Arduino Data Logger: Serial Monitor Alternatives

Forget the serial monitor, here's 5 other ways to do Arduino data logging

arduino data logger options

The Arduino serial monitor is usable when you want to watch data from an Arduino. However, it does not have a built-in method for saving the data. Here are some ideas if you want to build an Arduino data logger with or without a PC.

Important note on Arduino Data Logger examples

With all of these examples, please remember that whenever you open the Arduino’s serial port, the board will reset. So if your log file shows “Initializing SD card…” with a few data lines in between, it is because there is a reset happening.

Initializing SD card…initialized.
Temp: 34, Time: 03:24:44
Temp: 33, Time: 03:24:45
Temp: 34, Time: 03:24:46
Tem

Initializing SD card…initialized.
Temp: 34, Time: 03:24:50
Temp: 34, Time: 03:24:51
Temp: 33, Time: 03:24:52
Temp: 34, Time: 03:24:53

In that code you can see data logging started and then restarted. What happened is that after programming, the board starts logging. Then when you open the Serial Monitor, the data logger restarts.

To solve this issue, either disable auto-reset, add a 3-4 second delay at the start of setup(), wait for a character to be received, or wait for a button press. That will give you time to open the Serial Monitor.

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MQTT Tutorial for Raspberry Pi, Arduino, and ESP8266

Send MQTT messages between 3 different platforms

mqtt tutorial

This week’s MQTT Tutorial connects a Raspberry Pi, ESP8266 (or Arduino), and a PC together. Remember last week’s post provided an overview of message brokers and MQTT. We learned that MQTT is a hub and spoke protocol for sending messages between IoT devices. Clients can subscribe or publish messages to a central server, called a broker.

Now it’s time to connect our IoT devices together!

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MQTT Introduction and Tutorial Part One

Message Brokers and why your IoT device should use them.

MQTT Introduction Part One

MQTT is an easy way for Internet of Things (IoT) devices to communicate with each other. This light-weight protocol can be used with a simple 8-bit Arduino to a Raspberry Pi to a multi-core PC to Amazon Web Services. It is that versatile.

This MQTT Tutorial is broken into two parts. Part one is an MQTT Introduction. You’ll understand how publish/subscribe message brokering works. Next week, Part two will be a tutorial on using MQTT to communicate between a PC, Raspberry Pi, and ESP8266.

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Raspberry Pi GUI Tutorial

Use Qt and Python to make an easy to use Pi App

Raspberry Pi GUI Tutorial

My favorite Raspberry Pi add-on is the PiTFT from Adafruit. With it, you easily get a Raspberry Pi GUI interface and touch screen. The PiTFT software install is just a few things and it is good to go.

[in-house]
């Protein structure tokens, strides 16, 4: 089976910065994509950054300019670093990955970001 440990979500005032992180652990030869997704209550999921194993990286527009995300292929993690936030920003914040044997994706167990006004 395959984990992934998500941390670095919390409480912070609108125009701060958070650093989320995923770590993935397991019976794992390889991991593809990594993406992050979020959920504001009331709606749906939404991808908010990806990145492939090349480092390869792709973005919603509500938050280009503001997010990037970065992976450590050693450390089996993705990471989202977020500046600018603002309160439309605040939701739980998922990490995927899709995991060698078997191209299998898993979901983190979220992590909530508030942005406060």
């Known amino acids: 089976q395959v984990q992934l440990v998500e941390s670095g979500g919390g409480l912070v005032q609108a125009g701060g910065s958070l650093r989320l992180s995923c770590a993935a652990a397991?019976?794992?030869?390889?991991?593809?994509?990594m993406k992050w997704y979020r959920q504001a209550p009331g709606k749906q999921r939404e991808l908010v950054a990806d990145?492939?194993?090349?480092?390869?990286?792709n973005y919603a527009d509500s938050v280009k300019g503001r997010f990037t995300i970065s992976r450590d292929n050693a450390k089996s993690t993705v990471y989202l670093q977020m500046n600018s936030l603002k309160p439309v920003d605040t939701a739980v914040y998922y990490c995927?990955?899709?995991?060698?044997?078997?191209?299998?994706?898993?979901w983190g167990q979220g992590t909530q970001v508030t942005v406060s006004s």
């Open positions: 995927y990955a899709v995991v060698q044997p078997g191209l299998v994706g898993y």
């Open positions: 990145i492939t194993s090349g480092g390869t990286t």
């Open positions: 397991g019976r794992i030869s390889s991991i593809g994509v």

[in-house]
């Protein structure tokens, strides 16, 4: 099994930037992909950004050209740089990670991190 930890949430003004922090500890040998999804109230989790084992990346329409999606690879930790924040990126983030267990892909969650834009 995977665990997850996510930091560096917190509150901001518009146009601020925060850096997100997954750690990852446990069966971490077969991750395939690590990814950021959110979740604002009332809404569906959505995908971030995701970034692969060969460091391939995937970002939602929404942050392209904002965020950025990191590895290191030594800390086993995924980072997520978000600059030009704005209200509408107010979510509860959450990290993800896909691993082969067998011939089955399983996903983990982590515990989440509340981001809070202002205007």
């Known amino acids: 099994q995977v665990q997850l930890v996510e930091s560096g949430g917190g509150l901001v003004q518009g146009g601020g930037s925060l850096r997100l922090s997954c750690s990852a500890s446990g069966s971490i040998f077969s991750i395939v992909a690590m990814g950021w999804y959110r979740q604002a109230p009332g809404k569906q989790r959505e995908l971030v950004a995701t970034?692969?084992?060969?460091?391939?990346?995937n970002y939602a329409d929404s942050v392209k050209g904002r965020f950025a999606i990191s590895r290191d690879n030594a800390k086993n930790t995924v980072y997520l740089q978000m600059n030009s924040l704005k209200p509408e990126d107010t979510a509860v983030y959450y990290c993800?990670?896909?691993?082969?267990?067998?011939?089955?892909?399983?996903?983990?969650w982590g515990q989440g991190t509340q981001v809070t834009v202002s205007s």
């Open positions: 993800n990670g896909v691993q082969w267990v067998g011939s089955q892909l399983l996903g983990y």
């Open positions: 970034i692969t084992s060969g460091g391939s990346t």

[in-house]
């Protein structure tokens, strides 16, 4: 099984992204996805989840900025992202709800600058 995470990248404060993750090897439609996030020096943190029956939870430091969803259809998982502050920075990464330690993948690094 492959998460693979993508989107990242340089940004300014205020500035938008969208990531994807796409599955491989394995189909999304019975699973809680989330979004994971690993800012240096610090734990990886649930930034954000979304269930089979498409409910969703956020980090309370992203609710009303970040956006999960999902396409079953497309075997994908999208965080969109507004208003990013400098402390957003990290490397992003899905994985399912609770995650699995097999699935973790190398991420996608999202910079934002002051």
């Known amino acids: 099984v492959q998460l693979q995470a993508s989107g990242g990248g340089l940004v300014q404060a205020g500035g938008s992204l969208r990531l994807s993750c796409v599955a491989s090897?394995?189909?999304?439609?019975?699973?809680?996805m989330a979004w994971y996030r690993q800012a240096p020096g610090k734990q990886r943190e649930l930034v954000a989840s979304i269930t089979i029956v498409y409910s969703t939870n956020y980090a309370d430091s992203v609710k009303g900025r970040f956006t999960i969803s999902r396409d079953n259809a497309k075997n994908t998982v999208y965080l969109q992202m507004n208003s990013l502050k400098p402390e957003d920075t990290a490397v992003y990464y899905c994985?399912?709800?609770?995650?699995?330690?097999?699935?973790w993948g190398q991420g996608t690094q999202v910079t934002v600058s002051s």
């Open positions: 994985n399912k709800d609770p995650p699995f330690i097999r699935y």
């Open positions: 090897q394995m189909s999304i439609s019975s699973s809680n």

Adafruit PiTFT - Click for more info

Image from adafruit.com

This screen is what I needed in my IoT project. The Pi+Screen will act as the primary controller for all of my things. The problem is I didn’t know much about writing GUI applications in Linux. So what could I do to create a Raspberry Pi GUI?

Python is popular in Pi projects, so I decided to stick with it and find out what GUI toolkits are ready to go. “Ready to go” means they install easily on Raspian and work well on the Pi.

Here is how I got Qt5 for Python up and running to create a Raspberry Pi GUI.

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Is the Raspberry Pi Zero worth $5?

I cannot figure who the Pi Zero is targeting.

raspberry-pi-zero-with-32gb-card

What makes the Raspberry Pi so attractive? At $35 it is an unbelievable value for a single board computer. Since its introduction, a price race to the bottom has begun.

The C.H.I.P. claims to have started shipping the $9 computer. Which, many pointed out, doesn’t cost $9 once you add things like support for display. I would like to point out, I was an early backer and have yet to receive one.

The Raspberry Pi B and B+ were fantastic additions to the Raspberry Pi family. Each extended the capabilities while keeping the cost low. The most recent addition is the Raspberry Pi Zero.

The Raspberry Pi Zero has the same processing capabilities as its predecessors and only costs $5! Does that make it a slam dunk? Well, here’s a few applications to help decide if the size-reduced bare board is worth $5.

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Help Adafruit test their #RaspberryPi Bootstrap

Adafruit's Blog
23-JAN-2015

When you first get started with a Raspberry Pi, there are a number of operating system images already available.  The one most people start with is Raspbian, which is based on Debian Linux.

rpi_bootstrap-458x480

 

Adafruit created a fork of Raspbian which they called Occidentalis.  Their aim, of course, was for hardware hacking with the Pi.  Included are some patches that help make accessing the breakout pins easier.

Their latest project is the Adafruit Pi Finder, which makes it easier to configure a Pi over a network.  Check out the details on Adafruit’s blog.

AddOhms #7 – Comparing Arduino and Raspberry Pi

The seventh AddOhms TutorialCast has gone “live”. (Gone “uploaded” sounds wrong.) Being able to understand difference between an Arduino and a Pi is a critical point for many new electronics hobbyist. The boards seem so similar, but they are so different.  AddOhms #7: Comparing the Arduino and Raspberry Pi

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Raspberry coming to a Hackerspace near you


One of the Raspberry Pi Foundation’s developers, Rob Bishop, is heading out on a Hackerspace tour in the US.  Looks like he’ll be visiting a couple of spaces on the west coast, east coast, and my home town:  Austin, TX.

[Via raspberrypi.org Raspberry Pi Foundation US Hackspace Tour | Raspberry Pi]